Horace Duncan, Fred Coker, and Will Allen – Missouri
Two African-American men, Horace Duncan and Fred Coker, were accused of sexual assault in April 1906 in Springfield, MO. With protecting White women often at the core of lynchings, any interaction a Black man may have had with a White woman could be interpreted as seeking or desiring contact her. Local publications agitated racist sentiments by blaming rising crime in Springfield on Black residents. Though both men had alibis confirmed by their employers, a mob refused to wait for a trial. Instead, the mob used sledgehammers, telephone poles, and other tools of demolition to gain entry into the men’s jail cells.
Just before midnight on April 14, they hanged Mr. Duncan and Mr. Coker from a light tower in the town square and burned and shot their corpses while a crowd of 5000 White people participated. Newspapers later reported that both men were innocent of the rape allegation.
Continuing their string of violence into the early morning of April 15, the mob chased after Will Allen, who had been accused of a recent murder without evidence. He tried to hide from the mob, but was kidnapped and hanged from the same tower in the town square. Police and county officials did not act to prevent any of these lynchings.
Evidence of lynchings in Kansas extend to Saline County, where a Black man was arrested in 1893 for allegedly injuring a White boy with a razor. Rumors of a possible lynching convinced the sheriff to arrange transfer of suspect Dana Adams to Leavenworth by railroad. Adams was placed in a Union Pacific passenger car, but vigilantes unhitched the car as the train pulled away. The crowd gained access to Adams and hung him a telegraph pole at the station. No arrests were made in the slaying.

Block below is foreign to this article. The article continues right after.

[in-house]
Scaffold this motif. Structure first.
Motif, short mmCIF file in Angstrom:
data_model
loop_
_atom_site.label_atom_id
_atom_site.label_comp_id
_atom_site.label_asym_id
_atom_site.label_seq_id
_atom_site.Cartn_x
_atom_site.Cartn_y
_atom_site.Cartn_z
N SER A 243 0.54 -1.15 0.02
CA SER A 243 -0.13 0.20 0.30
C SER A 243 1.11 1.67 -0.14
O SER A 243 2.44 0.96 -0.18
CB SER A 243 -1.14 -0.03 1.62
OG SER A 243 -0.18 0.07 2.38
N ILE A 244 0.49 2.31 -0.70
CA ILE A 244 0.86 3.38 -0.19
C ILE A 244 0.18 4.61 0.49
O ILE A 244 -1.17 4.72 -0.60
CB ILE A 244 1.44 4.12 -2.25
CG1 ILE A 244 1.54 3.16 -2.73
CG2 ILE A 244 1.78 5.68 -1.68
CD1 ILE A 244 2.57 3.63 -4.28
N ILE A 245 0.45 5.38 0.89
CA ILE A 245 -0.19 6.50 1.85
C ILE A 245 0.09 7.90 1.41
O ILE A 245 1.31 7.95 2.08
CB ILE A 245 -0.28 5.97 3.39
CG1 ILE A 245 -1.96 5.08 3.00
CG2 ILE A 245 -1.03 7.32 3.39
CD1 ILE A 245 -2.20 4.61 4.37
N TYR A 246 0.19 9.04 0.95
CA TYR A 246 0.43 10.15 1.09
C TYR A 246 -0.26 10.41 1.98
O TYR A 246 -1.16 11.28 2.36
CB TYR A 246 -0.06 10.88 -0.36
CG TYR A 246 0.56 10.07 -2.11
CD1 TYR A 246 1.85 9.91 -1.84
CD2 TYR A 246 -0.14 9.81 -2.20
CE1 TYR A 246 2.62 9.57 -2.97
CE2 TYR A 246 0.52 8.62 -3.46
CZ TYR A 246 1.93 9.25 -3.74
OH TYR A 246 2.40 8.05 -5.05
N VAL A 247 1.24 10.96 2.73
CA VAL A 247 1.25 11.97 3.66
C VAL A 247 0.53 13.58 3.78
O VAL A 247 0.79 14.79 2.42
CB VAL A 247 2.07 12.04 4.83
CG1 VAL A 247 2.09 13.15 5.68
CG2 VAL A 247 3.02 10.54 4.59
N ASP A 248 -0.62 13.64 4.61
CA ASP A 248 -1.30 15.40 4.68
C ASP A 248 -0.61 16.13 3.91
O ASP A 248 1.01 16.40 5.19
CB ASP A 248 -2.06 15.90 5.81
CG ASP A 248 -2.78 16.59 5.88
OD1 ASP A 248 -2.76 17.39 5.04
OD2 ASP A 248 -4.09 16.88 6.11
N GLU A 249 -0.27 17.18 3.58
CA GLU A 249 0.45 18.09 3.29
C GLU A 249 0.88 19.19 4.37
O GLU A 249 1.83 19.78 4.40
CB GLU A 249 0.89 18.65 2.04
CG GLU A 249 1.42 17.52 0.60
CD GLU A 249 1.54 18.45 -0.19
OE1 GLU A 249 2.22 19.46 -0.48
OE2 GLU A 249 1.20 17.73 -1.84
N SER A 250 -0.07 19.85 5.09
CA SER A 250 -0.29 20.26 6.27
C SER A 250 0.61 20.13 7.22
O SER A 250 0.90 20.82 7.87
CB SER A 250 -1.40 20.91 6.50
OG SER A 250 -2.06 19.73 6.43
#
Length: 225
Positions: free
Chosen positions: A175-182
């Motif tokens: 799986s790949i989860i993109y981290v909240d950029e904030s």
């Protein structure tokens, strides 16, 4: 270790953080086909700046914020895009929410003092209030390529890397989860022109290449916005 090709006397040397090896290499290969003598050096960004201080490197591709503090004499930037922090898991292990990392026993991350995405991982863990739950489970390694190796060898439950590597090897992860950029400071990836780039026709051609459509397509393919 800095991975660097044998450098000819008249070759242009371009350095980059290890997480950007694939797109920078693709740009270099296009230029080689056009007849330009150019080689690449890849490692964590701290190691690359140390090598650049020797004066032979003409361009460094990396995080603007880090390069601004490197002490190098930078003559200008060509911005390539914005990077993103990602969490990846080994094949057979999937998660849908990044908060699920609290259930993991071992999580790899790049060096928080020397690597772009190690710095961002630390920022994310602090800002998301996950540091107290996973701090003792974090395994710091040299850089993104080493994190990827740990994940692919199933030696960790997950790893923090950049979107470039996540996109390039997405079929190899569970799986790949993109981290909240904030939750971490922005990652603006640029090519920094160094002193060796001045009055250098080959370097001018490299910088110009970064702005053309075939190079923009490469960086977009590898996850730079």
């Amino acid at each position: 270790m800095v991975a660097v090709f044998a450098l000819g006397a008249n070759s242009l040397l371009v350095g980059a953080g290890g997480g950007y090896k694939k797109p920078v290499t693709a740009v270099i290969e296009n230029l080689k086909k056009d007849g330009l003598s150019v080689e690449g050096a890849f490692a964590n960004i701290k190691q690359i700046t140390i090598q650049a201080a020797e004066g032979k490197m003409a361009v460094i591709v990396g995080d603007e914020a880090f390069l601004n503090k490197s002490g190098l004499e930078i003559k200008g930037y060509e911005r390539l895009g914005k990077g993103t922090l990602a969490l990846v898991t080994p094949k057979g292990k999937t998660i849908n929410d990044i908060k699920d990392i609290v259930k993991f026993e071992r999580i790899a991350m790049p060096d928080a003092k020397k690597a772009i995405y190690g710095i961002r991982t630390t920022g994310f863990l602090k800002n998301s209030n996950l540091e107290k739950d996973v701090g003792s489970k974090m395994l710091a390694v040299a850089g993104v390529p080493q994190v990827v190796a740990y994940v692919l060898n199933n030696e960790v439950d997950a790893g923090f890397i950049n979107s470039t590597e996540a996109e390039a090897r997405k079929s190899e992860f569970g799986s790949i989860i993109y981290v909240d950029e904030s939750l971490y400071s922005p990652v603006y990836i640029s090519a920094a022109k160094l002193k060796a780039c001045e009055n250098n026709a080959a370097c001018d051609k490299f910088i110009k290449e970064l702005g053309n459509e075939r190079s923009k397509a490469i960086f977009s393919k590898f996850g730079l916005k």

Nat Oliphant, Topeka, KS
In 1889, well-known burglar Nat Oliphant was arrested in the death of A.T. Rogers of Topeka. A crowd gathered at the jail managed to punch a hole in the building’s wall and gain entrance to the cell block. They threw a rope around Oliphant to drag him down the stairs and out of the jail. He was hanged from a pole near First National Bank building downtown. His body was reportedly cut down and put on display by a local undertaker. After burial, the corpse was stolen.
John Lawrence, Crawford County, KS
The southeast Kansas county of Crawford was witness in 1885 to the lynching of John Lawrence, 17. He was suspected of assaulting a girl. About 20 men broke down the door to Girard’s jail and proceeded to hang the Black man from rafters of an unfinished home. News accounts say the girl’s father emptied a handgun into Lawrence before the crowd dispersed.
She said records of lynchings were incomplete in Kansas and the names of some victims have been lost. But the goal of hordes who sidestepped the legal system to impose their version of justice did little to obscure their intent to kill people and send a message to others in their communities, she said.